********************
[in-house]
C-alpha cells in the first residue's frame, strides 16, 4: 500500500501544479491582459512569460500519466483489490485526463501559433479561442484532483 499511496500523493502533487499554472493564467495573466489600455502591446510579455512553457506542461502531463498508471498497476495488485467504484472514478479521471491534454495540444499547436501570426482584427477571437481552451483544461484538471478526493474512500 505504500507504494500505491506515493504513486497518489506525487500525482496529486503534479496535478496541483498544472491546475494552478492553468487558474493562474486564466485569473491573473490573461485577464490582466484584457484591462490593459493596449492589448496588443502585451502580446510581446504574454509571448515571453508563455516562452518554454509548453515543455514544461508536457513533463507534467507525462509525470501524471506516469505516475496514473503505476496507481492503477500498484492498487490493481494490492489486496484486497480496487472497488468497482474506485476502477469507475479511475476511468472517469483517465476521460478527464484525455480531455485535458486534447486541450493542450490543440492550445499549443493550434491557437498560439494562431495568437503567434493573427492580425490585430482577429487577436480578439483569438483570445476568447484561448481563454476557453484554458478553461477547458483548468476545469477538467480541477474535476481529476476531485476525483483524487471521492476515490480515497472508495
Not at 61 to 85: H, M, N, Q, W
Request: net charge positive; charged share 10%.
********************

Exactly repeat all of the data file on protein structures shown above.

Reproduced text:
[in-house]
C-alpha cells in the first residue's frame, strides 16, 4: 500500500501544479491582459512569460500519466483489490485526463501559433479561442484532483 499511496500523493502533487499554472493564467495573466489600455502591446510579455512553457506542461502531463498508471498497476495488485467504484472514478479521471491534454495540444499547436501570426482584427477571437481552451483544461484538471478526493474512500 505504500507504494500505491506515493504513486497518489506525487500525482496529486503534479496535478496541483498544472491546475494552478492553468487558474493562474486564466485569473491573473490573461485577464490582466484584457484591462490593459493596449492589448496588443502585451502580446510581446504574454509571448515571453508563455516562452518554454509548453515543455514544461508536457513533463507534467507525462509525470501524471506516469505516475496514473503505476496507481492503477500498484492498487490493481494490492489486496484486497480496487472497488468497482474506485476502477469507475479511475476511468472517469483517465476521460478527464484525455480531455485535458486534447486541450493542450490543440492550445499549443493550434491557437498560439494562431495568437503567434493573427492580425490585430482577429487577436480578439483569438483570445476568447484561448481563454476557453484554458478553461477547458483548468476545469477538467480541477474535476481529476476531485476525483483524487471521492476515490480515497472508495
Not at 61 to 85: H, M, N, Q, W
Request: net charge positive; charged share 10%.